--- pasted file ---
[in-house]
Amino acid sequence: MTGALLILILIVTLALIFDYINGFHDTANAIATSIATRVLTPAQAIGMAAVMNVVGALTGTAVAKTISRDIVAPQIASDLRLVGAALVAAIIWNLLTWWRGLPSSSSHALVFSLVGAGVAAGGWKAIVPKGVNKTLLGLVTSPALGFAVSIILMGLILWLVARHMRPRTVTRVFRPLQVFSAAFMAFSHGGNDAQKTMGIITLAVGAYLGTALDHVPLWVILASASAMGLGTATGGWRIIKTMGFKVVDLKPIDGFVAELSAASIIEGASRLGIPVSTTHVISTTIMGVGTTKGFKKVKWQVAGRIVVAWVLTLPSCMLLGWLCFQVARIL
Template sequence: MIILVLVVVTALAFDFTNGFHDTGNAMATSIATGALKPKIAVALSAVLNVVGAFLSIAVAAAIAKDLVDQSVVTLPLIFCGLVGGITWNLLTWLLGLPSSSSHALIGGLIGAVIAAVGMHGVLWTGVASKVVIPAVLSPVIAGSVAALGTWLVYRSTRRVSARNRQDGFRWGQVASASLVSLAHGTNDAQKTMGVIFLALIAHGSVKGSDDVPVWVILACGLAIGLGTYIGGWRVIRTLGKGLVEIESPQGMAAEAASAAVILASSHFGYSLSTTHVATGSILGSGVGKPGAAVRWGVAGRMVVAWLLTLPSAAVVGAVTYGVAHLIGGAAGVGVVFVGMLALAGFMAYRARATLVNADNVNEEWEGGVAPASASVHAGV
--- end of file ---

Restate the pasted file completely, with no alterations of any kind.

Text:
[in-house]
Amino acid sequence: MTGALLILILIVTLALIFDYINGFHDTANAIATSIATRVLTPAQAIGMAAVMNVVGALTGTAVAKTISRDIVAPQIASDLRLVGAALVAAIIWNLLTWWRGLPSSSSHALVFSLVGAGVAAGGWKAIVPKGVNKTLLGLVTSPALGFAVSIILMGLILWLVARHMRPRTVTRVFRPLQVFSAAFMAFSHGGNDAQKTMGIITLAVGAYLGTALDHVPLWVILASASAMGLGTATGGWRIIKTMGFKVVDLKPIDGFVAELSAASIIEGASRLGIPVSTTHVISTTIMGVGTTKGFKKVKWQVAGRIVVAWVLTLPSCMLLGWLCFQVARIL
Template sequence: MIILVLVVVTALAFDFTNGFHDTGNAMATSIATGALKPKIAVALSAVLNVVGAFLSIAVAAAIAKDLVDQSVVTLPLIFCGLVGGITWNLLTWLLGLPSSSSHALIGGLIGAVIAAVGMHGVLWTGVASKVVIPAVLSPVIAGSVAALGTWLVYRSTRRVSARNRQDGFRWGQVASASLVSLAHGTNDAQKTMGVIFLALIAHGSVKGSDDVPVWVILACGLAIGLGTYIGGWRVIRTLGKGLVEIESPQGMAAEAASAAVILASSHFGYSLSTTHVATGSILGSGVGKPGAAVRWGVAGRMVVAWLLTLPSAAVVGAVTYGVAHLIGGAAGVGVVFVGMLALAGFMAYRARATLVNADNVNEEWEGGVAPASASVHAGV